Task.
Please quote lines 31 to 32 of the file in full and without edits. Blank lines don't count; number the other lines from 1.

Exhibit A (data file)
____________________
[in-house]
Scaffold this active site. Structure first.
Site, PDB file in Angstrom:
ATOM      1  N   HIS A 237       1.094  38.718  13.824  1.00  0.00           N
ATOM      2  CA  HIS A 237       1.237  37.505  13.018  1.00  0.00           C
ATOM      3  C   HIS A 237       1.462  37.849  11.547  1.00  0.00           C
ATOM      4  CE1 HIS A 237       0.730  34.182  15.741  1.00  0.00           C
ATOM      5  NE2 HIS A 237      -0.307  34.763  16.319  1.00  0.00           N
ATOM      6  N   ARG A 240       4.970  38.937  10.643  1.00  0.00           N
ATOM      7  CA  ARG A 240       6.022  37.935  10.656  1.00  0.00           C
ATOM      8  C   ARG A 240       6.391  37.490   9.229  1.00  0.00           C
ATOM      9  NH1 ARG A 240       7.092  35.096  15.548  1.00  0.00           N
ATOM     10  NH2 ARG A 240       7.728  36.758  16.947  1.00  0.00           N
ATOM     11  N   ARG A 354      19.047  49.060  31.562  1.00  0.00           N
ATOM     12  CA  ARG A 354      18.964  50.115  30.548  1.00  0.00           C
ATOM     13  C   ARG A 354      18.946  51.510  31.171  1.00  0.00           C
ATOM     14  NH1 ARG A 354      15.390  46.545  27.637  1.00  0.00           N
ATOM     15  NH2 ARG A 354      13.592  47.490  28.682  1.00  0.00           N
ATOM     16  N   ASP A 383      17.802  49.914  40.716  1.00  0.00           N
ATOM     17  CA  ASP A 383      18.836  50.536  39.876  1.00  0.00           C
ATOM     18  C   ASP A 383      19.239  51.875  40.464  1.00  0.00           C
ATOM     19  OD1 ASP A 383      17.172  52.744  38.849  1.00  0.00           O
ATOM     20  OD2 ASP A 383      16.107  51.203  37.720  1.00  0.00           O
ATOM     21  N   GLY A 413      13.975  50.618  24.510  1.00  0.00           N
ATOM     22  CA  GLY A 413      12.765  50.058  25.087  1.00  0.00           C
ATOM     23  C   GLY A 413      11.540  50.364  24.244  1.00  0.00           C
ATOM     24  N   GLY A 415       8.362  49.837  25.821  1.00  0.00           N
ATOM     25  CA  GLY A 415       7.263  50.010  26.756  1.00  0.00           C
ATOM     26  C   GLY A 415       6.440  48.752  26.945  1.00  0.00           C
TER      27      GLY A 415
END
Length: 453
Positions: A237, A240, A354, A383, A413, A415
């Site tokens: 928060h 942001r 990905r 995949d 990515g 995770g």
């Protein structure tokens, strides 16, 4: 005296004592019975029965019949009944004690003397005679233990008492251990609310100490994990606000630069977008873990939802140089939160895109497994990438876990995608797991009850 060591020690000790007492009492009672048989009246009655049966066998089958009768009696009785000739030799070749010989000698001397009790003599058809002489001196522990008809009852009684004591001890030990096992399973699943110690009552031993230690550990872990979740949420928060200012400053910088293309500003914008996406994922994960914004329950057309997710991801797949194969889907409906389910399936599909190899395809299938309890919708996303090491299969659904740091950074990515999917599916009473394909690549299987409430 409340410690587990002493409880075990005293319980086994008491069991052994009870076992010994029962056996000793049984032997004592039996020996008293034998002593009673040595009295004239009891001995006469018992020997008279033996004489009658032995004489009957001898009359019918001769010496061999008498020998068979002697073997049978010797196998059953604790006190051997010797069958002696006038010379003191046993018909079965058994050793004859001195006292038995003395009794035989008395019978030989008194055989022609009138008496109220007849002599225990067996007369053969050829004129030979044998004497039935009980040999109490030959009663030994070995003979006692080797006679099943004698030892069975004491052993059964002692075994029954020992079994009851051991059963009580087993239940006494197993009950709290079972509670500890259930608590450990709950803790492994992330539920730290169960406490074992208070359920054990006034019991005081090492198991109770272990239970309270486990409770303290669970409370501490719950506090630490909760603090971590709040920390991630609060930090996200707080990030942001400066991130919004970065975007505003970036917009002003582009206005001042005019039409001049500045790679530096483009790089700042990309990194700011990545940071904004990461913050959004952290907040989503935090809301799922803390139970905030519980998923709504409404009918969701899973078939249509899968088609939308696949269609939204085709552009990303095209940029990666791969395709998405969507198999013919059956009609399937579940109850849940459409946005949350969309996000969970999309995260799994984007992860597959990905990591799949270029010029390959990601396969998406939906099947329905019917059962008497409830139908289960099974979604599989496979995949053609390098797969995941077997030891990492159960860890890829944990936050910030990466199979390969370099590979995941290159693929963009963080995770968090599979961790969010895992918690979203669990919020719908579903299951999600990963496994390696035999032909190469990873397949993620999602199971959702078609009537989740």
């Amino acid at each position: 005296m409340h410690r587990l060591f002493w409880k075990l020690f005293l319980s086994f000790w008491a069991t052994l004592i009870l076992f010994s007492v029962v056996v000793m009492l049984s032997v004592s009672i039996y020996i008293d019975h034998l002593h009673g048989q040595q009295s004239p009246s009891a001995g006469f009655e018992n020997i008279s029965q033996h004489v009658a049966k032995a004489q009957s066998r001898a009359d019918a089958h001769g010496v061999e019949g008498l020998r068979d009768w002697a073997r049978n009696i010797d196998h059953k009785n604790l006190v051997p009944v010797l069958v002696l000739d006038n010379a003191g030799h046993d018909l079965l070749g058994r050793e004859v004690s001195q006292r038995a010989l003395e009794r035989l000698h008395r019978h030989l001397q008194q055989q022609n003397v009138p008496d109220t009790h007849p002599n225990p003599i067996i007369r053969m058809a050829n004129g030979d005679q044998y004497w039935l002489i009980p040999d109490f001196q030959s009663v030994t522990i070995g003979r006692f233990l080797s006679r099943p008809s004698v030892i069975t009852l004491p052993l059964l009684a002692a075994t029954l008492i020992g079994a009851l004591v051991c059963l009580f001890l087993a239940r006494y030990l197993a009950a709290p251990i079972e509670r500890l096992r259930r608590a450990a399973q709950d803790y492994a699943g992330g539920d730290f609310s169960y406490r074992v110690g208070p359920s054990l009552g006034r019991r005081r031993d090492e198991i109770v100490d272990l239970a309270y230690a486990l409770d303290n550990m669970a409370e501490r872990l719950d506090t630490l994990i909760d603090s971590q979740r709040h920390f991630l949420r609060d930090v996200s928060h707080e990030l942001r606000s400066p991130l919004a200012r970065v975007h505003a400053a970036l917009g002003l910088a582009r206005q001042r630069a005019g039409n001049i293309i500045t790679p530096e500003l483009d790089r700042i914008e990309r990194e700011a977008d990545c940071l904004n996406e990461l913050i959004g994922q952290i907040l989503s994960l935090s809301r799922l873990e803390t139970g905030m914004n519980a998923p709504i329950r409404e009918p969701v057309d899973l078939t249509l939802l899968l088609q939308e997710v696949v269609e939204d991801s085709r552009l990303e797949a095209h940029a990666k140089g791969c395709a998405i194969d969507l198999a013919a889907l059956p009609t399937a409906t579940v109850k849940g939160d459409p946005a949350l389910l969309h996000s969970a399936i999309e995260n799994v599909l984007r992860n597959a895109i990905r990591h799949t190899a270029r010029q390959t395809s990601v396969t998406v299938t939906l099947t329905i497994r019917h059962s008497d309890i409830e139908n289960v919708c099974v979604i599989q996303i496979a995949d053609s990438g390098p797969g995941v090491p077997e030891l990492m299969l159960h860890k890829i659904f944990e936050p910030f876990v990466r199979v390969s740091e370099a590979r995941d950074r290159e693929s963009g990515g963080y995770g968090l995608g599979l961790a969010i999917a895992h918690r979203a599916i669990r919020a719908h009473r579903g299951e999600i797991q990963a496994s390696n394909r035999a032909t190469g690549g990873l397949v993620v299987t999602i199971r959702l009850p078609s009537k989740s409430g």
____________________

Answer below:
END
Length: 453